A revealing inside look at one of the world’s most powerful and mysterious institutions
For more than 25 years John Thavis held one of the most fascinating journalistic jobs in the world: reporting on the inner workings of the Vatican. His daily exposure to the power, politics, and personalities in the seat of Roman Catholicism gave him a unique, behind-the-scenes perspective on an institution that is far less monolithic and unified than it first appears. Thavis reveals Vatican City as a place where Curia cardinals fight private wars, scandals threaten to undermine papal authority, and reverence for the past is continually upended by the practical considerations of modern life.
Thavis takes listeners from a bell tower high above St. Peter’s to the depths of the basilica and the saint’s burial place, from the politicking surrounding the election of a new pope and the ever-growing sexual abuse scandals around the world to controversies about the Vatican’s stand on contraception and more.
Perceptive, sharply written, and witty, The Vatican Diaries will appeal not only to Catholics - lapsed as well as devout - but to anyone interested in international diplomacy and the role of religion in an increasingly secularized world.
"A seasoned reporter on the Vatican beat takes us for an irreverent and revealing visit. Frequently from the vantage of the reportorial fly on the wall, Thavis…concentrates on the history he has witnessed firsthand.… Especially provocative are the chapters dealing with the mismanagement of diverse sex scandals and, finally, an appraisal of the opaque personality of Benedict.… Not only provocative, this report is illuminating and fully accessible to members of the faith and doubters alike." (Kirkus Reviews)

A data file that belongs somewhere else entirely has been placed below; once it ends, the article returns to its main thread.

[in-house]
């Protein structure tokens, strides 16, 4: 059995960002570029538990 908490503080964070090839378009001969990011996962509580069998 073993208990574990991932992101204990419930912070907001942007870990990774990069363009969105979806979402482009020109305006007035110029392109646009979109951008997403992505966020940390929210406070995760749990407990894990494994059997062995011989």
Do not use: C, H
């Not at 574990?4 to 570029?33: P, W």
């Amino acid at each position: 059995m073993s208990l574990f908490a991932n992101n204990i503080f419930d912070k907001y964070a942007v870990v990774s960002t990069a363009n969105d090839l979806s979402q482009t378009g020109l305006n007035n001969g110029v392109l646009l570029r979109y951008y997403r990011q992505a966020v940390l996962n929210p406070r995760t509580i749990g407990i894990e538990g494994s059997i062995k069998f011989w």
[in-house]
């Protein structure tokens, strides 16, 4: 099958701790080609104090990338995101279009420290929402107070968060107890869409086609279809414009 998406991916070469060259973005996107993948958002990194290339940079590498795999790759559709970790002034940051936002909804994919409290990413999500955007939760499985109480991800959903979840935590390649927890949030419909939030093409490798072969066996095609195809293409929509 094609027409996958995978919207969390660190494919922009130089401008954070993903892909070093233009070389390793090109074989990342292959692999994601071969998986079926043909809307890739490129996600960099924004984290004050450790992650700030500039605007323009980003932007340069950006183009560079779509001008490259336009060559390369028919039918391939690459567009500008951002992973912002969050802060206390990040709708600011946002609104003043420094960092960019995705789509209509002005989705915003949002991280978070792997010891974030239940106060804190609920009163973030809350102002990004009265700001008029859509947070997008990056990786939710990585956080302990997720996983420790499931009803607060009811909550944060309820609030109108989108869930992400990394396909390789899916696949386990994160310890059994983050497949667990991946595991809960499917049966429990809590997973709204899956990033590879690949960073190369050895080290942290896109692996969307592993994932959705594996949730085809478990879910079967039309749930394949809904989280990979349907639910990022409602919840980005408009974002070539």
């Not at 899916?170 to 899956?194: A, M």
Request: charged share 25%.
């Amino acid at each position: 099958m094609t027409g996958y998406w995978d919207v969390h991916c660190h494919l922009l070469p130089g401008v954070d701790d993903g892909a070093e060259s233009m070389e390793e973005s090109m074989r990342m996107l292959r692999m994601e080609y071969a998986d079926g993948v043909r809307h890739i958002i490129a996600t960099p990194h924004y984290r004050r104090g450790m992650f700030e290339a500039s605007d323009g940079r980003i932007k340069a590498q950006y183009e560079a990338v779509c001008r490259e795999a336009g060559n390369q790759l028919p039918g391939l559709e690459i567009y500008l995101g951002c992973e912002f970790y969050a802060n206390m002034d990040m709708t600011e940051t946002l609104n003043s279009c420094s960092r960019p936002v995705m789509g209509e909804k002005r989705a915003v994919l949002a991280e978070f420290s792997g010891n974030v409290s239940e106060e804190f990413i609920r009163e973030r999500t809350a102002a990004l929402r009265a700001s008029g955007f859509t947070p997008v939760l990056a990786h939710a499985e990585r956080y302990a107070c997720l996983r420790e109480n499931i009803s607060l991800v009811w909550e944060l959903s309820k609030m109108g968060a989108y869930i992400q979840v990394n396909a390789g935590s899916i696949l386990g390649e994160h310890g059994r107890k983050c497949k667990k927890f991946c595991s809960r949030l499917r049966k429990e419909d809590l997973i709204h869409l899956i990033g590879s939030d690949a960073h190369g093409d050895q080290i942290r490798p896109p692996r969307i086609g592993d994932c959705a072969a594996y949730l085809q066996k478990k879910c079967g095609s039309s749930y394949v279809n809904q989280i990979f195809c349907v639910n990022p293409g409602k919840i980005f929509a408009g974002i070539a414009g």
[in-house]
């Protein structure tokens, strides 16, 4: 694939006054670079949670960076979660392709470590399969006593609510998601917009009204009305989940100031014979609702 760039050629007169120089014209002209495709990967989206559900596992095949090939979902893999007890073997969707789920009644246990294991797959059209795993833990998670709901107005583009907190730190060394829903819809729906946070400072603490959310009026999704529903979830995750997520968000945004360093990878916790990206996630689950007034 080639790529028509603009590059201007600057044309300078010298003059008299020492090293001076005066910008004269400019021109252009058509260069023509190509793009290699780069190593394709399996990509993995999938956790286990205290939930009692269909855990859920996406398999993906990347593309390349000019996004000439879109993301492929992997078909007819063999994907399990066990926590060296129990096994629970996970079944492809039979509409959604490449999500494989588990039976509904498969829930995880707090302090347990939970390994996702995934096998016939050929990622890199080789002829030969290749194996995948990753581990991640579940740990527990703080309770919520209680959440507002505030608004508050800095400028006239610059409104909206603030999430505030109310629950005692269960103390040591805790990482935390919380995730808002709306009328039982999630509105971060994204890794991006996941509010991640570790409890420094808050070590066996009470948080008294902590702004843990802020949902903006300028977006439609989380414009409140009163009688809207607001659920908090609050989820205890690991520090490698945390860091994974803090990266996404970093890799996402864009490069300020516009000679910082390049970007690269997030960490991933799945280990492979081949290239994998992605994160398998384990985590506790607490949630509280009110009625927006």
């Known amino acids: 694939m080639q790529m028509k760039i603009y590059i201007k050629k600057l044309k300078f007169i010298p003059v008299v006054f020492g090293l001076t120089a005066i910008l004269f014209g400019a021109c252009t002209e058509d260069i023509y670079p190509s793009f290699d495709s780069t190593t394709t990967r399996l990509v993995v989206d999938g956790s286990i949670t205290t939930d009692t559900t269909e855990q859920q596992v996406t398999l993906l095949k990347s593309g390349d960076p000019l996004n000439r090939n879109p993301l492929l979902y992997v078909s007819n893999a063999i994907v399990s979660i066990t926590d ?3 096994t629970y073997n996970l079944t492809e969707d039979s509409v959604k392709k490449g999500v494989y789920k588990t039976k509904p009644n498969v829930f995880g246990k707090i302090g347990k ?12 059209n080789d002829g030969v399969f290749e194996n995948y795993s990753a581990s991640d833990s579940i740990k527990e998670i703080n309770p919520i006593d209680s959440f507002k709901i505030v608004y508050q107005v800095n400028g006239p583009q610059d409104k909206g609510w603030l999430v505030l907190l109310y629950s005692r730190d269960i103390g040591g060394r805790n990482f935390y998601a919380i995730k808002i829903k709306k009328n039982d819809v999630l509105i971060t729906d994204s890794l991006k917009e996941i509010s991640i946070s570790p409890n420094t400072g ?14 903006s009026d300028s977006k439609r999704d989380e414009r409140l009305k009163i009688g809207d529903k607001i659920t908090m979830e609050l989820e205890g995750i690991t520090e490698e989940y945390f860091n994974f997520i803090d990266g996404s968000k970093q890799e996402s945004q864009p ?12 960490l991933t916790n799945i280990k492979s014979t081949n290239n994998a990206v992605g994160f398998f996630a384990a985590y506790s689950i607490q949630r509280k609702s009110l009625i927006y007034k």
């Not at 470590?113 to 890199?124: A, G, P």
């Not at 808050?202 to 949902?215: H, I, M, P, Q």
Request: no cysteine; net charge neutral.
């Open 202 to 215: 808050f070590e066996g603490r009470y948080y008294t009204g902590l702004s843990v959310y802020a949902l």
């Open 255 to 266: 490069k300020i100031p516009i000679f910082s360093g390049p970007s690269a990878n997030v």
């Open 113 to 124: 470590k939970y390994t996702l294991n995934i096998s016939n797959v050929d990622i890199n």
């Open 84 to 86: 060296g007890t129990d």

"Thavis’ anecdotal presentation will appeal to readers seeking understanding of or connection with the Catholic Church’s heart. This book is recommended for anyone who would like to challenge their own notions and perceptions of the Vatican." (Library Journal)
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Timely, but disjointed
The vignettes should at the very least have been ordered chronologically. Also, the book would have benefited from glosses for the specialized vocabulary items (at least when an item appeared for the first time); as it is, it felt like the author was more intent on showing off rather than showing the reader around.
The Latin teacher!
No, unless the movie focused on a particular vignette, like that of the Latin teacher, who seemed absolutely fascinating. The movie would be too Altman-like otherwise--disjointed and fragmented.
Very timely book!
A neutral look at inner workings of the Vatican